Q2 oil results show strength of US 'super-shale' for the price of a slice
And they have succeeded beyond their most extravagant forecasts. The cost of producing the once-perceived “high-priced” unconventional oil patch has now fallen, in some cases, to per-barrel breakeven prices pretty much on par with an extra-large delivered pizza with all the works, including tip.
According to the North Dakota Oil and Gas Division, some parts of the Bakken Shale in that state have breakeven prices as low as $24/b. And a recent analysis by Moody’s showed that North American independent producers, most of whom have shale operations, can survive at about $42/b — about what oil is right now.
Imagine that. All the labor, ingenuity, science and pricey sophisticated hardware that goes into identifying prospects, exploring, drilling, completing wells, and hauling up a barrel of oil originally sited at 8,000 or 10,000 feet below the surface of the earth, is valued at about the same as a much yummier but less vital product made by a guy who throws a little dough on a table, spoons some cheese and tomato sauce and tosses a couple of toppings on it, and bakes it all up at 700 degrees Fahrenheit for a few minutes.
The last month has also proven something else: that oil companies, which after the first quarter were getting ready to shrug off the down-cycle doldrums and look ahead to what was thought would be a return to reasonably higher crude prices, have now reckoned with a long spell of dismal price levels. Producers appear resigned to sub-$50 oil for the duration and are now thinking about how to manage a company in 2016 at 2004 crude price levels, and possibly for the next couple of years.
The admirable part is that they’ve proved they can produce prodigious amounts of oil, and also that they’ve crash-dieted their costs to very bony levels in a hurry. More puzzling was that even with signs earlier in the year that some order of lower oil prices would be around for awhile, most upstream E&Ps were in no rush to scale back production even though they knew that was what US shale producers needed to do to ease prices.
As Iberia Capital Partners analyst David Amoss put it: E&P companies that are producing more oil at less cost “will probably also tell you they expect US production to decline in second-half 2015 — just not their production.”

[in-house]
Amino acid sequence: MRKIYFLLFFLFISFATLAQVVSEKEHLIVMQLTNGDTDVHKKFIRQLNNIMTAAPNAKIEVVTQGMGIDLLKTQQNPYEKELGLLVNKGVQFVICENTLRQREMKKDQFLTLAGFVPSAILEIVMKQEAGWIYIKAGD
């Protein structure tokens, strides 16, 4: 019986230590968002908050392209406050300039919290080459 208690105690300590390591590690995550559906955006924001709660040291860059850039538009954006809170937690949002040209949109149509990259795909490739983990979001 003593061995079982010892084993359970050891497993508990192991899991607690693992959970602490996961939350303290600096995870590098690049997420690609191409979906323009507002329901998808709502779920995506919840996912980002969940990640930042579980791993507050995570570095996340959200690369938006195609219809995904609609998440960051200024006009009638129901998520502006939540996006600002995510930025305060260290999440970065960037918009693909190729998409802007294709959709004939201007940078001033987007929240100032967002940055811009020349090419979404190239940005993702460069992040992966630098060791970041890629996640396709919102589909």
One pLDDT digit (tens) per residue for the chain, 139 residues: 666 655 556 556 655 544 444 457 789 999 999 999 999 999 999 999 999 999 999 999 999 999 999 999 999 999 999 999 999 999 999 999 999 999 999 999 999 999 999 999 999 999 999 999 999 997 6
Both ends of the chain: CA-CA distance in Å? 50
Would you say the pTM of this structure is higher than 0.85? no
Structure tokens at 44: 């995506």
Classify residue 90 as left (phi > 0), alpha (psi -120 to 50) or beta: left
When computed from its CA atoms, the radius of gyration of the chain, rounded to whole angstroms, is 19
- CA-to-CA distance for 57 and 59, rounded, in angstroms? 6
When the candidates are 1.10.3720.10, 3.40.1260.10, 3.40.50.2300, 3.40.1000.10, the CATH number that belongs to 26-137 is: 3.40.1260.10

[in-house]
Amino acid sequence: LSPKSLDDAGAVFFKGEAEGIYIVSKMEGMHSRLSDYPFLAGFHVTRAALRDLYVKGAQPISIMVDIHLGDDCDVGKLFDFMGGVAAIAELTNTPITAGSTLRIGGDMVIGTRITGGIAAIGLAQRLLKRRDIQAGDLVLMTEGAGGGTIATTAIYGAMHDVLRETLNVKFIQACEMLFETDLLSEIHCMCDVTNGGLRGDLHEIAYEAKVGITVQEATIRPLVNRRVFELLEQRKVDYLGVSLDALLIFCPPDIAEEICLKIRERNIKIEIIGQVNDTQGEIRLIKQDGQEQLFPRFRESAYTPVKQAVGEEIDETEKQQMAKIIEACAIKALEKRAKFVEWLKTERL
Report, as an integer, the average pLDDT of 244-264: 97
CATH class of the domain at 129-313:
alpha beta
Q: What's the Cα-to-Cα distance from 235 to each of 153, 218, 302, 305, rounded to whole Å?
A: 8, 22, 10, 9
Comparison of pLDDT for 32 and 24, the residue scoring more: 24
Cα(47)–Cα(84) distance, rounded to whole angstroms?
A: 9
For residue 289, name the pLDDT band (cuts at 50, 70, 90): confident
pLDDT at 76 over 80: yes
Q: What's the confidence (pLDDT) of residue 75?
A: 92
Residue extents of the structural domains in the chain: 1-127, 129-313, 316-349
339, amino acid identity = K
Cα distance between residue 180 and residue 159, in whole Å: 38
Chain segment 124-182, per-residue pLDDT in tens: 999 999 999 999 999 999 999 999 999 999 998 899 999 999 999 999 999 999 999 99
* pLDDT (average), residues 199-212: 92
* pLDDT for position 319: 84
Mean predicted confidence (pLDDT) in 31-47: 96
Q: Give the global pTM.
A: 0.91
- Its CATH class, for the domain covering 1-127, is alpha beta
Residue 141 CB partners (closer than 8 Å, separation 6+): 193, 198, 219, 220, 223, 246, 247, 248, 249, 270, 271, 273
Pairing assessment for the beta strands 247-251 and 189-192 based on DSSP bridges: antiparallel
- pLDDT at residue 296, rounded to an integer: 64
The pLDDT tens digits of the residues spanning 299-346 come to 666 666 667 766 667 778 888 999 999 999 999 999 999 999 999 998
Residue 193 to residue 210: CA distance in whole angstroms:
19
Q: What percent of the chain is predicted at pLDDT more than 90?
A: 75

In a report summing up the second quarter’s results, analysts at boutique investment bank Global Hunter Securities wrote: “Every US producer seems to claim an inventory of project IRRs [internal return rates] that work at $50 oil, plus possesses a general paranoia of letting production go on decline.”
Even as oil prices plummeted below $45/b in recent weeks, some operators raised production targets for this year because of outstanding well performances. Not every company, but many did. Investment bank UBS noted that of its coverage universe, at least 18 companies moved up their 2015 production estimates recently.
In an era like the present, pride goeth before a fall — of oil prices that is: a 60%-plus drop in value since mid-2014 and more than 30% in the last two months. It must be difficult for oil company executives who have boasted of growing oil volumes 20% or 30% year over year to have to brake to just a few percent growth in output for next year. How do you learn to saunter when you’ve been running a marathon for several years?
So old habits die hard. The hope is that US second-half oil production growth will be more sedate, and even inch down a bit to balance off the 9.5 million b/d average that the US Energy Information Agency estimates producers turned out in the first half of 2015. EIA estimates full-year US production for 2015 at 9.36 million b/d.
Industry-watchers observe that one reason for continued high production rates, despite a general recognition that more oil equals lower price in these times, is staying attractive to shareholders. When operators can point to raised output, lower costs and beating guidance, it delivers a lot of nice warm fuzzies.
For most of 2015, industry has been confident that slashed E&P capital budgets this year would naturally lead to less production, and has eagerly watched for signs of it. But significant output declines failed to materialize in the first eight months of the year as official estimates wobbled up and down.
So what’s next? Already companies, prodded on by Wall Street, have begun to telegraph their thinking about 2016 capital budgets and production targets. And while the information so far is scanty — after all, they still have four months of 2015 ahead and this year has been enough of a challenge for any executive — early signals about next year are mixed.
Everything, of course, depends on oil prices. Most producers say they can be flexible with their budgets. Some will lower capex next year, but even more important than a figure is that most intend to be cash flow-neutral — that is, holding their spending to income levels. And most of the larger producers will show some oil growth but nowhere near the double-digit levels year on year that many touted at the start of 2015. A few producers have been forced to suspend drilling or keep it to skeletal levels to fulfill obligations — to hold onto acreage, for example.
In short, “Lower for longer is here,” said Global Hunter Securities in a recent note, summing up a recurrent phrase of Q2 upstream corporate earnings calls. But “we don’t see an easy fix that balances [the market] anytime soon.”